Skip to main content
Faculty and Staff

Working from Home in the College of Natural Resources

Working from home in the College of Natural Resources, College of Natural Resources, desk with NC State stuff, Lauren McLaughlin, feature
Photo Credit: Lauren McLaughlin

In March, the COVID-19 pandemic sent much of the NC State community home to continue their work from a safe distance. After four months of adapting to new routines, we asked College of Natural Resources faculty, staff and graduate students to share how they were doing working from home.

Weighing the Pros and Cons

It’s no surprise that many people cited challenges with technology, communication and a lack of contact with others. Working from home moves in-person communication online, taking away meaningful interaction and often increasing accessibility outside work hours.

It can also mean more distractions, and in many cases, parents must find solutions to childcare. Moving out of typical work spaces has led some to settle for makeshift home offices. This lack of separation between work and home can lead to stress and unbalance.

Despite the problems faced, working from home has its benefits, too. The lack of commute was most often listed as the best thing about working from home. Time usually spent in the car is now being used to do other things, such as exercise, cook or spend time with family. 

Dr. George Hess in Forestry and Environmental Resources says he can now “make nice family breakfasts,” and Dr. Megan Lupek of the Environmental First Year Program is enjoying the company of her new office mates: Bruce the greyhound and Manco the cat.

Working from home in the College of Natural Resources, College of Natural Resources, Bruce and Manco, courtesy Dr Megan Lupek

While balance can be lost through the blending of work and home environments, it can also be found through increased flexibility. Jill Sidebottom says, “I feel like I am the master of my own time, rather than trying to fit myself into other people’s schedules.”

Balancing It All

In this time of social distancing we can still lend each other a virtual hand in the form of advice. Here are five tips from staff, faculty and students about working and staying at home:

  • Create a routine and timeline for your day and stick to it. For instance, log on and start at 8 a.m., work until 11:30, take lunch and go for a walk, and then get back to work and end at 4:30 – 5 p.m. Shut down your laptop when you are done working and don’t log back in.”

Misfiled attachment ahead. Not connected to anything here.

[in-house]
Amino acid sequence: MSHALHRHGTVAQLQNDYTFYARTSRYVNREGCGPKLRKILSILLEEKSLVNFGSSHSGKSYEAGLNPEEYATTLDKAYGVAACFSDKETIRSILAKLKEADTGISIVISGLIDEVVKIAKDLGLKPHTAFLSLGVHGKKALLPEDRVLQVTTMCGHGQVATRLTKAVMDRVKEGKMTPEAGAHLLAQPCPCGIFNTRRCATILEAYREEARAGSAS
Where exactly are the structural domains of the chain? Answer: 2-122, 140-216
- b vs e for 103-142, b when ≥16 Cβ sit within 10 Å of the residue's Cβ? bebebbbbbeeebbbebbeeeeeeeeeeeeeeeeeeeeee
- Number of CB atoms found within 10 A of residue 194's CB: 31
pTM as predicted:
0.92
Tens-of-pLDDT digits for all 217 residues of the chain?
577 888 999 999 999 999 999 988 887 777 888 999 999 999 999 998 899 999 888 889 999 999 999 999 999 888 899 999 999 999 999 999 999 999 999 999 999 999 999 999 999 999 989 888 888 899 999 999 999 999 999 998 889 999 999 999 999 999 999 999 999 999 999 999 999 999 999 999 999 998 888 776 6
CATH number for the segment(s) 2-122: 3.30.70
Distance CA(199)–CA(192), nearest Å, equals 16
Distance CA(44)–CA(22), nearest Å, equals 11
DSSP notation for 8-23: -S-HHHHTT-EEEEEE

– Jordan Wilkins, Dean’s Office
  • Create a brain board: “I think I have found the right combination using “retreat size” Post-it Notes, markers, colored pencils and a variety of other sized Post-its. This keeps me on track.”
    – Jennifer Piercy, Forest Biomaterials
  • Make time for FaceTime. I have made time to see other family and friends by cooking with them while using Zoom, setting up a time for them to just talk from our couches, [and] making regular ‘visits’ with them.”
    – Ashley Hamilton, Forestry and Environmental Resources
  • “Make sure to stick with the fundamental: clear communication, explain and manage expectations, [and] learn how to navigate in [an] online environment.”
    – Jerry Lee, Parks, Recreation and Tourism Management
  • “You’re not alone at all. Reach out to others, let your own team know what you’re dealing with, and make a plan to overcome it.”
    – Julius Emanuel, Center for Geospatial Analytics

Laughing Through It

Whether it’s been a seamless transition or a bumpy road, working from home was bound to yield some funny stories. Here are a few:

Cathy Moon, Dean’s Office

“I have two cats. One is little and a heat seeking missile. She is drawn to my laptop. One time she jumped up on my computer when I was in a meeting and proceeded to press a bunch of F function buttons which simultaneously muted the session, turned on voice control and locked the keyboard. I had a real learning experience trying to undo that since I’m not an IT person. Luckily she sleeps most days so the tiny terror isn’t always trying to get in on my work.”  

Jason Bocarro, Department of Parks, Recreation and Tourism Management

“I have many, as do others, but one was that I had a meeting with a committee I was chairing on tenure and promotion standards. It was a serious meeting. However, my first grade son Liam also had a Zoom meeting with his class at the same time. So I helped him log on and got him set up on an IPad and then ran over to my office for the meeting. When I logged on to my Zoom meeting, for some reason it knocked him off his first grade class Zoom meeting and put him in my meeting – so as we started discussing tenure standards, my son’s 7-year-old confused face popped up on our meeting. People started worrying why a child was in the meeting. He ran in worried about a bunch of strange people appearing on the screen.”

Gene Brothers, Department of Parks, Recreation and Tourism Management

“After class students were placed in breakout rooms and sometimes it was difficult to end a session because the students wanted to just hangout and talk about what was going on in their stay at home lives.”

Lauren Lewandowski, Parks, Recreation and Tourism Management

“It’s always interesting to see what my pet parrot is going to decide to say whenever I turn on my microphone for a professional work meeting or phone call!”

Julius Emanuel, Center for Geospatial Analytics

“I put my work laptop on my night stand and woke up one morning literally five minutes before a meeting was scheduled. I rolled over, signed in, joined the call and laid right there.”